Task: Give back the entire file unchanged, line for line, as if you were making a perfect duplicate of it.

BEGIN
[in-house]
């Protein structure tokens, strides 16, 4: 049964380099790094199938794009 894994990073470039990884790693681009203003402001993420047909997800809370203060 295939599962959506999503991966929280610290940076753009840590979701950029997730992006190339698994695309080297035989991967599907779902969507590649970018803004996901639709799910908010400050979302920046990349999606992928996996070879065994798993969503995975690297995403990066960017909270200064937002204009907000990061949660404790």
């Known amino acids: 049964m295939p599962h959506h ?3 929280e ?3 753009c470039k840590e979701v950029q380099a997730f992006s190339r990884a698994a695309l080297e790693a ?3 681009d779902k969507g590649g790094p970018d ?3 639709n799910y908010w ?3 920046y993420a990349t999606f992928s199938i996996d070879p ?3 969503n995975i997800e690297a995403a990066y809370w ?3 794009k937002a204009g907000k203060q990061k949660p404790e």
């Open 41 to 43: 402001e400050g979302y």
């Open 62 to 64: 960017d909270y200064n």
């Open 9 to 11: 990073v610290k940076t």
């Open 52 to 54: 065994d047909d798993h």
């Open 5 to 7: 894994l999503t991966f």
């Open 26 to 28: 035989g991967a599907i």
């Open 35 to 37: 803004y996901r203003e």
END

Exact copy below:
[in-house]
């Protein structure tokens, strides 16, 4: 049964380099790094199938794009 894994990073470039990884790693681009203003402001993420047909997800809370203060 295939599962959506999503991966929280610290940076753009840590979701950029997730992006190339698994695309080297035989991967599907779902969507590649970018803004996901639709799910908010400050979302920046990349999606992928996996070879065994798993969503995975690297995403990066960017909270200064937002204009907000990061949660404790």
């Known amino acids: 049964m295939p599962h959506h ?3 929280e ?3 753009c470039k840590e979701v950029q380099a997730f992006s190339r990884a698994a695309l080297e790693a ?3 681009d779902k969507g590649g790094p970018d ?3 639709n799910y908010w ?3 920046y993420a990349t999606f992928s199938i996996d070879p ?3 969503n995975i997800e690297a995403a990066y809370w ?3 794009k937002a204009g907000k203060q990061k949660p404790e």
């Open 41 to 43: 402001e400050g979302y």
């Open 62 to 64: 960017d909270y200064n």
């Open 9 to 11: 990073v610290k940076t």
């Open 52 to 54: 065994d047909d798993h």
């Open 5 to 7: 894994l999503t991966f």
């Open 26 to 28: 035989g991967a599907i």
């Open 35 to 37: 803004y996901r203003e």